Managing Your Real Estate Investment Cash Flow

by : Melanie Speed

If you've got ahead enough to invest in real estate, congratulations! You're on your way to a steady income stream that can set you on the path of independent living! However, if you're new to the world of real estate investment, the idea that you are getting anywhere from several hundred to several thousand dollars a month can shadow the realities of your budgeting situation.

First of all, if you have an investment property, chances are you have a mortgage. In fact, you probably have two - the one from your primary residence and now the one from your secondary residence. This means that, every month, thousands of dollars are needed to maintain your good standing with the bank.

Second, all properties need regular maintenance. If you don't mind doing this, it will cost you only time and the outlay of funds for equipment/materials. If you don't have the desire and knowledge to maintain and repair your property, you will have to pay another person or company to do it, which brings with it the attendant cost for their time and expertise. Lastly, major repairs, such as roof replacement, to the home can cost thousands of dollars. You need to prepare for the unexpected.

For people who can rent out their properties for more than the mortgage, taxes, insurance and attendant costs, this issue is covered - if they can keep a good renter in the property most of the time. Good renters require time invested in interviewing people and checking references. It is worth your while to rent to people who you feel comfortable talking to and dealing with.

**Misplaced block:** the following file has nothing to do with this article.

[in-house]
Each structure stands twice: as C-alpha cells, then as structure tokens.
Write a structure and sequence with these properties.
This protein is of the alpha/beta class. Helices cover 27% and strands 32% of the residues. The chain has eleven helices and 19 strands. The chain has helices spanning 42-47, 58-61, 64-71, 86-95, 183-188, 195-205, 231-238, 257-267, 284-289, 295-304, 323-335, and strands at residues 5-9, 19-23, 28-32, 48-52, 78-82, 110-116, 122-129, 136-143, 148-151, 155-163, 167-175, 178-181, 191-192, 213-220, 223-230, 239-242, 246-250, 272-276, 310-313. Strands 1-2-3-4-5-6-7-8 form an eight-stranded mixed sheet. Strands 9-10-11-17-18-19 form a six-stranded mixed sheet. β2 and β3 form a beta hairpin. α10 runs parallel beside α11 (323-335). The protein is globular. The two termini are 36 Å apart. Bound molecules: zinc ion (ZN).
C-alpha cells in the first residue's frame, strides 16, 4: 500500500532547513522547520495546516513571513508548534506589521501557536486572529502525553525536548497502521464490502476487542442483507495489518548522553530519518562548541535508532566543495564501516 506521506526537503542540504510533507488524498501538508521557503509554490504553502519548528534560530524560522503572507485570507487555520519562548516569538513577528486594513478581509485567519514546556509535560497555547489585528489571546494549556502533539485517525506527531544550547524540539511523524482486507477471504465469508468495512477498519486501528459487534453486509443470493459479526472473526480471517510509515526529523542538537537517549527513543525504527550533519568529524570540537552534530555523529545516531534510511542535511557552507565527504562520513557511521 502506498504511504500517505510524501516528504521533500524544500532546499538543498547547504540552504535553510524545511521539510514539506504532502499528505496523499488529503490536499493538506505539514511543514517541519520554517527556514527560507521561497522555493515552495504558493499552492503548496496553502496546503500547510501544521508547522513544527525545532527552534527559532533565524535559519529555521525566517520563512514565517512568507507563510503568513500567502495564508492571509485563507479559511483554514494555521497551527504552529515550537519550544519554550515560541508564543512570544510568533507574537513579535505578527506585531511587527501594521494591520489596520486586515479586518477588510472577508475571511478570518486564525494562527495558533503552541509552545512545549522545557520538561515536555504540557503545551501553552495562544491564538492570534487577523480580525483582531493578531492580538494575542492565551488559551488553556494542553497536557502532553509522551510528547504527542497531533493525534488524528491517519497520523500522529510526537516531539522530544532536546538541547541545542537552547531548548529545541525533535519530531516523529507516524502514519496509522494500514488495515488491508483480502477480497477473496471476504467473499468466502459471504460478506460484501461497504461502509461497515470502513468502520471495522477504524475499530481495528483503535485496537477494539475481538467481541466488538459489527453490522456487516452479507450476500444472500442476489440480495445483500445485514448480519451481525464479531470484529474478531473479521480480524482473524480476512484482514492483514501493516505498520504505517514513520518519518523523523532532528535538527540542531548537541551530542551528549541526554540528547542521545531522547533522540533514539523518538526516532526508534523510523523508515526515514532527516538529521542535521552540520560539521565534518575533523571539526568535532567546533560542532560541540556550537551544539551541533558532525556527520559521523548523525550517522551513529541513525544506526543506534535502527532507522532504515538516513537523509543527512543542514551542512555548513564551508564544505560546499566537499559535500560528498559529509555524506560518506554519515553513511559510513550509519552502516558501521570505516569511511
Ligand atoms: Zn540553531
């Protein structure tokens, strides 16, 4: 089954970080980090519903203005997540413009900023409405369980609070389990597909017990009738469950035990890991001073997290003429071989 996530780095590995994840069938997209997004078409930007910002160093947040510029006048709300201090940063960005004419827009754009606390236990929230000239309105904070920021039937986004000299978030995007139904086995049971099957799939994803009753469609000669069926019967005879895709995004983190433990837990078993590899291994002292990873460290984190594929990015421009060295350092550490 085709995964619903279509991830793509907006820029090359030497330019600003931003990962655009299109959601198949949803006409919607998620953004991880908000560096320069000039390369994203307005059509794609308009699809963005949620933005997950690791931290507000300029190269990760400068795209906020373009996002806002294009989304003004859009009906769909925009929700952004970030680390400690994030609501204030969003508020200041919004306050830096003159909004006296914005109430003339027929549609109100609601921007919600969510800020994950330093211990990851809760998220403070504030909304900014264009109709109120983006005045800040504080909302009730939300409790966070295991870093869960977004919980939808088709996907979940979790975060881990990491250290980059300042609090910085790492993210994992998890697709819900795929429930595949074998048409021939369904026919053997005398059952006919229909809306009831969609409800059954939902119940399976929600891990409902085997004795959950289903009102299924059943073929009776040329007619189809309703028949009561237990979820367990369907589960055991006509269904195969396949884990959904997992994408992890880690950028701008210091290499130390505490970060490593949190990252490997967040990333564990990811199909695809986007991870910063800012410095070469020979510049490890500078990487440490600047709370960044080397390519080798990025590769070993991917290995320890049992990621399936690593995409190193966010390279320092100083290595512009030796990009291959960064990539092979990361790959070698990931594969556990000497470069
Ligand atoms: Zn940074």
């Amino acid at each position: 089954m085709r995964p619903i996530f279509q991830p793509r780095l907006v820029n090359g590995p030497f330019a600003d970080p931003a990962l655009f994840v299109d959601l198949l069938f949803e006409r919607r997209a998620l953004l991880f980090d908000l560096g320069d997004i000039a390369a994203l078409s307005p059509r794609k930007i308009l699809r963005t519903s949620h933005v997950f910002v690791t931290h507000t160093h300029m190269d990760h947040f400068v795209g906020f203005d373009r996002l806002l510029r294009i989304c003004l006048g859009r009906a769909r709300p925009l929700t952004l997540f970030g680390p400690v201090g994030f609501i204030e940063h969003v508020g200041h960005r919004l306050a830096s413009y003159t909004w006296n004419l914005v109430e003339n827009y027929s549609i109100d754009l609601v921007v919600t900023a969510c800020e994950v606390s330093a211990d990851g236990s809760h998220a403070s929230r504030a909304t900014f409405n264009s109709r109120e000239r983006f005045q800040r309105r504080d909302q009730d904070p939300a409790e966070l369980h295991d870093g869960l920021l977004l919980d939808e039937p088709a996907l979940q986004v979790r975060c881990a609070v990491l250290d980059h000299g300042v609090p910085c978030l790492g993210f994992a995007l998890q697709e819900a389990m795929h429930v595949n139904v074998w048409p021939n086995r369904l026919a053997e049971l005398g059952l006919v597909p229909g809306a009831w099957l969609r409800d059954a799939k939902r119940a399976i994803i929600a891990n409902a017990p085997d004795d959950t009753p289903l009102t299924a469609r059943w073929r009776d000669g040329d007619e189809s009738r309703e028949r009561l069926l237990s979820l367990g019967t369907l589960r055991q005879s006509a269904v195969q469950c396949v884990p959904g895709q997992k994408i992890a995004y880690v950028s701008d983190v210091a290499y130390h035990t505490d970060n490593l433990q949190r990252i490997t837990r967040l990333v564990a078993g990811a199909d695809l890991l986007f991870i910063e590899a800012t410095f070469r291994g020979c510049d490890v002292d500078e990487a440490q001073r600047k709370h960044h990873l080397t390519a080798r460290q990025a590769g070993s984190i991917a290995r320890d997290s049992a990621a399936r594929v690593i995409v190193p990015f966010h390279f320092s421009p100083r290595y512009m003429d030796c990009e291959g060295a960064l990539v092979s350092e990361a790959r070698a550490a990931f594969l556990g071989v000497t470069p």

Do a walk through with the renters and have a document for them and you to sign that notes issues (or lack thereof) with the property. Don't forget that when your renters leave, if they have been maintaining the property and cleaned it before leaving, you owe them their damage deposit back! Make sure that you do a walk through and that there is no damage. Wear and tear is one thing, but holes in the walls and broken windows are another!

You should be scrupulous in maintaining your rental properties, which also provides you with the opportunity to question your renters about any problems that they might have with the property. A good rapport with your renters can mean catching a problem before it becomes a major issue instead of paying through the nose for something that wasn't discovered until it requires a large amount of cash and time to fix.

So, how much should you allot to your investment property fund? A rough rule is 10% of your rental income should go into the fund earmarked for repair/replacement. If you have bought a property in reasonably good condition, you will likely have a "grace period" of a few years. This will give you the opportunity to save thousands of dollars towards maintenance.

Another oft-unexpected cost is carrying the mortgage during those times when you don't have a renter in your investment property. You should save enough to carry your investment rental through 3 months of mortgage payments. Another 10% of the rental income is a good amount to set aside.

It makes more sense to save a few hundred dollars more every year and carry some of your additional mortgage by yourself, then to skimp on savings and not have enough money when you need it.

Most of the time, an investment property will help you build equity while using rent to pay for the mortgage. It is an excellent way of diversifying your portfolio and amassing more income over the long term. By managing your rental income sensibly, you are on your way to independent income and ultimately, financial success.